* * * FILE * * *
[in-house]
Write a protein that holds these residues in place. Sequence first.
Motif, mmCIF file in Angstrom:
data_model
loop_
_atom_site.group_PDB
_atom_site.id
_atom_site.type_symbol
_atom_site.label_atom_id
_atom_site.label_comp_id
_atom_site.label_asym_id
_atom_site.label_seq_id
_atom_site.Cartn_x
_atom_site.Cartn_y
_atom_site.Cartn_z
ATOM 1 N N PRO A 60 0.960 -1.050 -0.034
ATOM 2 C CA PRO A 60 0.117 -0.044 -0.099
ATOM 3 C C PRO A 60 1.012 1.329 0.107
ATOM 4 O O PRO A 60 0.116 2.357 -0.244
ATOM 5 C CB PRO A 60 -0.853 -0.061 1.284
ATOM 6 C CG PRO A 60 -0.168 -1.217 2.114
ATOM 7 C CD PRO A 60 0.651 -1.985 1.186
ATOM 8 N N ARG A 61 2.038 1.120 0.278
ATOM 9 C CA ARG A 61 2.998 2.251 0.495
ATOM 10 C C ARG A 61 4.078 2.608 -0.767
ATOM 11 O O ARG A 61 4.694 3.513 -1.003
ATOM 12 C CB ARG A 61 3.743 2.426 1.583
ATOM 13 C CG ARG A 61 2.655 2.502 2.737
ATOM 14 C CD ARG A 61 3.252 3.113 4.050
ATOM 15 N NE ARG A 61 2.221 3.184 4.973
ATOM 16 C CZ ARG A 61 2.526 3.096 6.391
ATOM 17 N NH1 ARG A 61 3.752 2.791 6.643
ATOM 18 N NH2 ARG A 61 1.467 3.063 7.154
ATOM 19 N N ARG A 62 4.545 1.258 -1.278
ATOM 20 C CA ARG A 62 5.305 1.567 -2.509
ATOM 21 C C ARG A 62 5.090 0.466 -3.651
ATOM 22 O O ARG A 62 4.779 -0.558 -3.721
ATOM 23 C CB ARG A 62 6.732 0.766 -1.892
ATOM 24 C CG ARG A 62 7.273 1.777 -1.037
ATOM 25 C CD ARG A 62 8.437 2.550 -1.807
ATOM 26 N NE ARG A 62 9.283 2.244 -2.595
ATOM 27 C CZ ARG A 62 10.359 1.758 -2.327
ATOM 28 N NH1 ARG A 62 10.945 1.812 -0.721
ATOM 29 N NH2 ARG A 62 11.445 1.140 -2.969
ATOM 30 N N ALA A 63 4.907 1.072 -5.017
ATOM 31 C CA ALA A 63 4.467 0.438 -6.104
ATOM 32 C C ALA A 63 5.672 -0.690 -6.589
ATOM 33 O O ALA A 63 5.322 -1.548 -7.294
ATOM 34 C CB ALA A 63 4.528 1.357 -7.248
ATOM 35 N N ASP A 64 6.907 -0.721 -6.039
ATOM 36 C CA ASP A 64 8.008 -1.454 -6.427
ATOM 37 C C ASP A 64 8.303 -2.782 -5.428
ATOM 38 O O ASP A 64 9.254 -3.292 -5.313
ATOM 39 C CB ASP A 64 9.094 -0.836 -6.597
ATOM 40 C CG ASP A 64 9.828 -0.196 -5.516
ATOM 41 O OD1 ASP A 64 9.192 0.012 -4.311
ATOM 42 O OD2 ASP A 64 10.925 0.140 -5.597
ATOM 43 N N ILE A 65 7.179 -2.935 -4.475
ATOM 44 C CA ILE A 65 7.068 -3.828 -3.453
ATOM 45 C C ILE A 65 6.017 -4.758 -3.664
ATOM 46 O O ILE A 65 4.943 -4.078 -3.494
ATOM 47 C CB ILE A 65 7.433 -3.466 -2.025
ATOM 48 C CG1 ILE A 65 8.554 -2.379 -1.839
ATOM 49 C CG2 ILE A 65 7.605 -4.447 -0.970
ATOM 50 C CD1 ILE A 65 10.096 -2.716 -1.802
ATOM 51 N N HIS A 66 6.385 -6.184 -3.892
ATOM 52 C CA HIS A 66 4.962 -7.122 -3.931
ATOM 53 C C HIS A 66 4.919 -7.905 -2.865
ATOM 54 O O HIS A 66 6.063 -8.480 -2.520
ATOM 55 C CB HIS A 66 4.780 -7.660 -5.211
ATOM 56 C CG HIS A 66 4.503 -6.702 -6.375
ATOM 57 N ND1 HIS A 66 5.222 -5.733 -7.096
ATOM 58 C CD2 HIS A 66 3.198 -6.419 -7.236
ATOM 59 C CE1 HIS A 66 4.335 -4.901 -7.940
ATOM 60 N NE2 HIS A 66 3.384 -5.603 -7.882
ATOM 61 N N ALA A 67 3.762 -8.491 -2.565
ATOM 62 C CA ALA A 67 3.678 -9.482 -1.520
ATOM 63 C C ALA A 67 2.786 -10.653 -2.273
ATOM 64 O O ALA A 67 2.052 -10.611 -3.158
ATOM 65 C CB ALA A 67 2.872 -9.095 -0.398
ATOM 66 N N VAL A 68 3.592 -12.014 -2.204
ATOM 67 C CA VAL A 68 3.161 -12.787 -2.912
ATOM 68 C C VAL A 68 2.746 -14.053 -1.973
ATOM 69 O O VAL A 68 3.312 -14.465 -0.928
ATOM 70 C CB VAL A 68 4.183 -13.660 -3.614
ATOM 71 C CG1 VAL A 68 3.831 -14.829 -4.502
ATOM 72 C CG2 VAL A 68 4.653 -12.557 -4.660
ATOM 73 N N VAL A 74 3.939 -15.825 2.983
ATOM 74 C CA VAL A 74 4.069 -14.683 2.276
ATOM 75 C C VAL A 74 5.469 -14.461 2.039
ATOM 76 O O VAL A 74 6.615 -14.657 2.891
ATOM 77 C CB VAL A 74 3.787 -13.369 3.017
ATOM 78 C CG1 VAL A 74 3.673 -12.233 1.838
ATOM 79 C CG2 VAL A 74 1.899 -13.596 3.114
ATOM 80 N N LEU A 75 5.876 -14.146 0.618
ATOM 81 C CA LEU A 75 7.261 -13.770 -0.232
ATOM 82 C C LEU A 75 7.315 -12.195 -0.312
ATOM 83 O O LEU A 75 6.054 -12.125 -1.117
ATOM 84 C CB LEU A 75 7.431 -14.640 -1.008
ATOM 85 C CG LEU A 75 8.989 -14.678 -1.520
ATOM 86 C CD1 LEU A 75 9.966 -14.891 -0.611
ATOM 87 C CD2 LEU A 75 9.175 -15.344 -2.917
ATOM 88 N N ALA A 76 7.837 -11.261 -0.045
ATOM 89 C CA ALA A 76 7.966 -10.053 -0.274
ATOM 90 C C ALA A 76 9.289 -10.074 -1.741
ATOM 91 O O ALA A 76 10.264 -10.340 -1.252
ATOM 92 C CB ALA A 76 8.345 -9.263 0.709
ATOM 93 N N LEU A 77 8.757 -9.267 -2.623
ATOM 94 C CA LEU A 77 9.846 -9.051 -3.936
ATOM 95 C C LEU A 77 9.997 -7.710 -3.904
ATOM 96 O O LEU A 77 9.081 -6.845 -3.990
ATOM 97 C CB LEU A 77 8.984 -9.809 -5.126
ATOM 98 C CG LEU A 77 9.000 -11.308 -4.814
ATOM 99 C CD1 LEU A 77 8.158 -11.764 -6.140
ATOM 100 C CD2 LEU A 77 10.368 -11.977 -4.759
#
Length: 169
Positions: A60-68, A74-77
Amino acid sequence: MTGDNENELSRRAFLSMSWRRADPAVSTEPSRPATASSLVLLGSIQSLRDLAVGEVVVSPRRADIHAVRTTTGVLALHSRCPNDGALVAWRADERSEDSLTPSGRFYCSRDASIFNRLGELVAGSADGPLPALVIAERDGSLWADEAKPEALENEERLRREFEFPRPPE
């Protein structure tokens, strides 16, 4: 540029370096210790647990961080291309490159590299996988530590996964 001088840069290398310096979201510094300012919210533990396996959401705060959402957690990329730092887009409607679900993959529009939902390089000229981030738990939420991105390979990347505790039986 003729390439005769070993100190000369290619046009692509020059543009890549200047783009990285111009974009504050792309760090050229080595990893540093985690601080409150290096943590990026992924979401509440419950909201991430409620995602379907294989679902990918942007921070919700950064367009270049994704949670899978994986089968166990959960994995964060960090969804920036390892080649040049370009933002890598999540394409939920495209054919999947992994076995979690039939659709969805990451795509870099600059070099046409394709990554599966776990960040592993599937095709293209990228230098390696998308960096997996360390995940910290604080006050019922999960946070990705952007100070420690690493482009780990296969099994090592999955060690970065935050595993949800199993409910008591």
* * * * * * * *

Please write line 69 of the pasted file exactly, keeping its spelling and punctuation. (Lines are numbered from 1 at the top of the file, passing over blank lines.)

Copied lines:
ATOM 54 O O HIS A 66 6.063 -8.480 -2.520